Leeds United v Wolverhampton Wanderers: Time for Marcelo Bielsa’s men to show their mettle again

AMID the plethora of plaudits bestowed upon Leeds United’s players during Marcelo Bielsa’s magnificent tenure, commendation of their mental fortitude is not at the forefront.

Nevertheless, it is a merit which fully deserves a place at the table.

The majority of the talk has focused on the footballing verve and artistic beauty of a group who have provided sunshine to the Premier League and EFL landscape and won admirers from much further afield than Yorkshire; rightly so.

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But in some bad moments, they have periodically shown their mettle as every successful Leeds player must do during their time at a 24/7 club where the loyalty is fierce and unstinting among a fanbase, but the demands are high.

Liam Cooper: Will lead Leeds United by example. Picture: Getty Images

Leeds endured some hurt in the second half of Bielsa’s first season in charge – think QPR away and Wigan at home for instance and that shattering play-off second leg against Derby.

Even in their splendid title-winning campaign of 2019-20, there were some testing episodes in January especially, while last season’s glorious reacquaintance with the top-flight had some periodic moments of pain, none more so than at Old Trafford.

Leeds have shown a capacity to come out on the other side and so they must do so again.

Last weekend’s loss at Southampton was widely cited as the poorest performance of Bielsa’s tenure. The bare facts show that Leeds have won just once in eight league matches this term ahead of today’s game, which precedes an important league trip to Norwich next weekend.

Battler: Leeds United's Adam Forshaw challenges Nathan Redmond at St Mary's Stadium.

The concern is palpable.

Bielsa, typically not shying away from anything, commented: “There is a phrase that I read not too long ago that says that teams are made out of crystal. It is difficult to make them solid and they break from one day to another.

“So we played our best game of the season against Watford and the worst against Southampton.

“More than whether the opponents were better or worse, teams change frequently. What allows a team after a loss of form to recover quickly is the amount of work that is accumulated and the fortitude of spirit spiritually from the group to accept the difficulties.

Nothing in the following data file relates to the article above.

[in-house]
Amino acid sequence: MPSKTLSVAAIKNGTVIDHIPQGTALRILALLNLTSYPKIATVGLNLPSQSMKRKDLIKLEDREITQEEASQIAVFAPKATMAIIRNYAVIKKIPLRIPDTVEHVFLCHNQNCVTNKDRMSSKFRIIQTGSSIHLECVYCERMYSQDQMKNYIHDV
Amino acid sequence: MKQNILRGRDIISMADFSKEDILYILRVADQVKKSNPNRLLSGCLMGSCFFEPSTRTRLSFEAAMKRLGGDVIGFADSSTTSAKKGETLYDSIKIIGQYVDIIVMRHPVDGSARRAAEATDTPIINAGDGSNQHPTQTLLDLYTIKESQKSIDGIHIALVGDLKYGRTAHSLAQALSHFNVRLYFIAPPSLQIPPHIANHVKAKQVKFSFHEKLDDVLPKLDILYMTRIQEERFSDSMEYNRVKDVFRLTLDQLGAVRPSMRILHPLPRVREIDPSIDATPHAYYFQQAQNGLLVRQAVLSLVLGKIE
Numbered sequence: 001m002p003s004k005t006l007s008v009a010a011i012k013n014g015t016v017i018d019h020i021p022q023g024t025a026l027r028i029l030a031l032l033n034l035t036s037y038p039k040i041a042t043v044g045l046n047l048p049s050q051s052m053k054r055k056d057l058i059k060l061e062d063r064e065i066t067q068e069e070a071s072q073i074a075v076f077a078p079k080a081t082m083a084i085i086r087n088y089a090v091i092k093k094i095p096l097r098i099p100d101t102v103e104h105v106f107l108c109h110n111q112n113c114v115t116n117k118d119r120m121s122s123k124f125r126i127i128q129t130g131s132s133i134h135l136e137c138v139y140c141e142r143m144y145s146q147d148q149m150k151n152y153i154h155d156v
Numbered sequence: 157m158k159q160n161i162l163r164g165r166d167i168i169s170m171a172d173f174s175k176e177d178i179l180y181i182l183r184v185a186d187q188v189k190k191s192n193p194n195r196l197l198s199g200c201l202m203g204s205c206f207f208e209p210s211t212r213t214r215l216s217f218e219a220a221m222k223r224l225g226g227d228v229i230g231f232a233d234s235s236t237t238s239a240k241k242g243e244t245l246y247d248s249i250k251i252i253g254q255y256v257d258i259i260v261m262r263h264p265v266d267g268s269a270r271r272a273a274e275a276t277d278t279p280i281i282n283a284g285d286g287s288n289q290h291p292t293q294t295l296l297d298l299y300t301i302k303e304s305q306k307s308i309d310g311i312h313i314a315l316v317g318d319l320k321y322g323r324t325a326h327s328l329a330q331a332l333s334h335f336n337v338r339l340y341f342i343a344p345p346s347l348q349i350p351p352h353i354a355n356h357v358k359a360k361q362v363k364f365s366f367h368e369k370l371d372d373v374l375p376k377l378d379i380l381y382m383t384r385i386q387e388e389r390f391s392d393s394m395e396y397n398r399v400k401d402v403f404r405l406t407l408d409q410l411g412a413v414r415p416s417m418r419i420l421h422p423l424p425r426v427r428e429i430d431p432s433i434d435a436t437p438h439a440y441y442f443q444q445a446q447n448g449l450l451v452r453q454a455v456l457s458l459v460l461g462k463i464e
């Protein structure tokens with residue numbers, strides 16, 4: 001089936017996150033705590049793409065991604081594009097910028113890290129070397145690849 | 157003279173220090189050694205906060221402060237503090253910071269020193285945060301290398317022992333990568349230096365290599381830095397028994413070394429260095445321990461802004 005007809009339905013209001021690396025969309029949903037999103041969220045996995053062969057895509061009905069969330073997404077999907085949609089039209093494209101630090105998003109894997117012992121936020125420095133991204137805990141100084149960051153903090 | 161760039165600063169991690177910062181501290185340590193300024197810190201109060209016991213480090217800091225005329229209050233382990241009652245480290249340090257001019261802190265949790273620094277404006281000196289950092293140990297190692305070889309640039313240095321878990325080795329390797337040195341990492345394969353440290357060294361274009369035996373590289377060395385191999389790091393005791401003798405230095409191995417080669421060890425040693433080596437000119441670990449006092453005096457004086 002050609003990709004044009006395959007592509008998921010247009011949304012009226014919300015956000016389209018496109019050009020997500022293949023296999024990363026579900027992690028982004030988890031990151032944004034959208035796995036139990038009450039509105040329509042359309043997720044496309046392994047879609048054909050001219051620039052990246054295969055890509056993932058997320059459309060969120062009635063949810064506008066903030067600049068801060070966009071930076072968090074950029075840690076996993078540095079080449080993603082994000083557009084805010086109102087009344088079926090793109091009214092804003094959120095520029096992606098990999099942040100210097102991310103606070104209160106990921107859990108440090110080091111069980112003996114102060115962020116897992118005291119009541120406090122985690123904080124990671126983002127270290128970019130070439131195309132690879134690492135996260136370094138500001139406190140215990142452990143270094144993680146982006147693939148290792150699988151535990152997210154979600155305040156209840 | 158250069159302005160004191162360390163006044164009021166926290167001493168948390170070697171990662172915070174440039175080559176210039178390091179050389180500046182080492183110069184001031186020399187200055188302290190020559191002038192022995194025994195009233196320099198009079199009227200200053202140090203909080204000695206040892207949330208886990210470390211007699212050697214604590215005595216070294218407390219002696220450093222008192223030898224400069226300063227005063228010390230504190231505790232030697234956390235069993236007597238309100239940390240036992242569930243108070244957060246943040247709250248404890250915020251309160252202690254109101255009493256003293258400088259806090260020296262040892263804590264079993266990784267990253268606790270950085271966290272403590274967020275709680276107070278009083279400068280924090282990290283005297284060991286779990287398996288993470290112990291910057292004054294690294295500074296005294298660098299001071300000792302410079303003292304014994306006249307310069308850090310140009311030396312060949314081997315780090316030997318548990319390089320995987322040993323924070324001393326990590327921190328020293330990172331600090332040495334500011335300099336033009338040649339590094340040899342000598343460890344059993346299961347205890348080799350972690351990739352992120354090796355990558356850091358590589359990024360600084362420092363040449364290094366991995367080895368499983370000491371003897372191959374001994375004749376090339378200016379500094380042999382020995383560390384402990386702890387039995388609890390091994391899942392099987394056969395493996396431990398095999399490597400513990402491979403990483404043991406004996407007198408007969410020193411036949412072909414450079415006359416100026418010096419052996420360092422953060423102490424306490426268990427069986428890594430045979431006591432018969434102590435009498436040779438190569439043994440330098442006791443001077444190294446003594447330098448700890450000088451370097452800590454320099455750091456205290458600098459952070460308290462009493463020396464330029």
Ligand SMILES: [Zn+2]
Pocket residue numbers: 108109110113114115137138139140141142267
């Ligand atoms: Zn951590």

“There are groups that move away in difficulties. They don’t want to belong to something that is not in an attractive moment and there are other groups that come together to the place where they belong to and they make the maximum efforts to modify the realities that affect their people, their club and their fans.

“The challenge for a coach in the adversity is to try and find this type of feeling.”

In tough times, strong dressing rooms lick their wounds and fight back. Good, proper professionals such as Liam Cooper and Stuart Dallas, omnipresent during the Bielsa journey, have done that along with the likes of Jack Harrison.

Adam Forshaw’s triumph over adversity on the injury front points to his own strength of character and United’s overseas contingent contains not just talent, but driven individuals, none moreso than their current shining light in Raphinha, who will make a welcome return today.

But it is likely to be the club’s British core who will be looked to set the example in the weeks ahead and Bielsa feels consoled in that regard in possessing players whose thirst for improvement and driving of standards is high.

It was noted by many that amid Leeds’s dismal loss at St Mary’s that Bielsa’s side were outrun for the first time since returning to the top-flight.

Not least by those proud senior figures in his dressing room.

Bielsa said: “I don’t tell them to play well, bad or regular, but for 50 games now, the team makes the most effort in the best league in the world. Their commitment and physical effort is linked to the willingness, so it’s one of the few things you can demand and apart from that, the origin comes from the minds.

“The limits of the efforts are not positioned to the muscular energy but in the mental capacity to activate. The accumulated energy is not indispensable, but in the high competition everyone has accumulated enough energy.

“What really allows you to overcome the limits is the mental strength to put at play what you possess. I know a manager’s maximum expression if they are not convinced of what they are doing and I always say it that it hasn’t got to do with any virtue that I have, but due to the essence of the British player.

“The British player from my point of experience has the capacity to activate his resources that is very, very high.

“The Basque football, which is the football that I learned at Athletic Bilbao, in that sense is very similar and Basque football is very similar to English football.”

As someone who has a social conscience, Bielsa is acutely aware of his surroundings. He knows how much Leeds means to the people he has lived and worked around since June, 2018.

He added: “After a defeat, depending on the dimension of the defeat, there is a process of a duel, hurt and pain and the immediate search for revenge to come back.

“I also sometimes think of those who are listening to us and there are a lot of fans who are connected with Leeds they may find it acceptable what we are saying.

“In some way, we feel the same as they do. But in another way, so many people that live in the real world talk about defeat that it can be thought of as a scale of values that is very big.

“There are people who ask you for a ticket to watch Leeds United because they have a few days to live and imagine if you compare that loss to what we have been describing, it is proportionate in the evaluation.”

Very true words, but Leeds United still matters to so many.